As Zika virus is caused by bites of infected mosquitoes, members of the public have been increasingly concerned about avoiding mosquito bites as part of Zika prevention strategies.
Zika virus has caught global attention. Confirmed cases are growing by the minute, especially in Latin America and the Caribbean.
Infected individuals experience fever, joint pains, rashes and red, infected eyes, among others. The illness usually lasts for several days to weeks only. The extent of the disease is commonly mild, and severe forms that require hospitalizations are rare.
The growing concern springs from its alleged effects on pregnant women and their babies. Records have shown more pregnant women infected by Zika deliver babies with birth defects, the most common of which is microcephaly or the condition in which babies have smaller than normal heads.
The Centers for Disease Control and Prevention says more studies and researches are lined up to learn more about the disease, particularly its link to pregnant women and newborn congenital defects. Until more is known and facts are established, the CDC stands firm in its special Zika precautionary measures for pregnant women and women trying to be pregnant.
Zika virus has also been linked to a rare paralysis condition called Guillain-Barré syndrome, making the picture a little more terrifying.
How To Prevent Mosquito Bites When Travelling
"Mosquito bites can be more than just annoying and itchy," writes the CDC.
CDC has released travel alerts for several countries known to have active Zika virus transmission. These nations include Mexico, Puerto Rixo, Guatemala, Venezuela, Colombia, Brazil and Honduras, among others.
To prevent mosquito bites when travelling to these places, the CDC recommends the following steps:
Wear long pants and tops with long sleeves.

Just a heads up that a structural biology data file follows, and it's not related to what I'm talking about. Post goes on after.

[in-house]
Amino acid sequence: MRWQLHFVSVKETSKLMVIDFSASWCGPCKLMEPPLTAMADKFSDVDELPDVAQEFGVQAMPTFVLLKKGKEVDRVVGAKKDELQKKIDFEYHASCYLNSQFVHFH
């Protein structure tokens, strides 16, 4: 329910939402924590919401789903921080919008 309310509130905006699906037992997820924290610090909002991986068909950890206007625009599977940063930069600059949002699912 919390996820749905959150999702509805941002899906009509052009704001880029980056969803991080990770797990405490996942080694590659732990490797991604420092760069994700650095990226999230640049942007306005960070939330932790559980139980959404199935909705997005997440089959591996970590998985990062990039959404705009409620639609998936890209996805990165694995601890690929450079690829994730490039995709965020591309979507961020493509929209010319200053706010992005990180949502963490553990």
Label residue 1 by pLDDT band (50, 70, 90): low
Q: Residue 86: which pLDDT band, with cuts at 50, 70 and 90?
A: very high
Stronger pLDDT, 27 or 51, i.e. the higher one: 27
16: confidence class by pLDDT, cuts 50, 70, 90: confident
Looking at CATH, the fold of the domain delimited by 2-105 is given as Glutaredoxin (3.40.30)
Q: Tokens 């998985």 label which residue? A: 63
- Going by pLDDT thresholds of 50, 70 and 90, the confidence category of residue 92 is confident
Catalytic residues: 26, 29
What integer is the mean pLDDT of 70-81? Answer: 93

As much as possible, stay inside air-conditioned rooms and indoor places with screened doors and windows.
In cases when staying inside through the night is impossible, sleep under a mosquito bed net.
Treat clothes and other wearable gear with permethrin or buy permethrin-treated items.
Apply insect repellents that are registered with the Environmental Protection Agency (EPA). Such preparations are safe and effective even for pregnant women and lactating mothers.
How To Prevent Mosquito Bites In Children And Babies
Babies and young children are among the most Zika-affected populations across different age groups. It is very important to protect them from mosquito bites to prevent severe complications, which their young bodies may not be able to handle yet.
Here are CDC's tips to prevent mosquito bites among children and babies:
Dress young children with clothes that are able to cover their arms and legs fully.
Cover their cribs, strollers and carriers with mosquito nets.
Do not apply insect repellents to babies who are less than 2 months in age.
When applying insect repellents, avoid body areas such as eyes, mouth, hands and parts where the skin has cuts, lesions or irritations.
The recommended way of applying insect repellents to a child's face is to spray some on an adult's hand before applying onto the skin.
As of the moment, there are no vaccines or treatments developed specifically for Zika virus yet. Therefore, prevention is the key to stay protected — the first step of which is to avoid mosquito bites.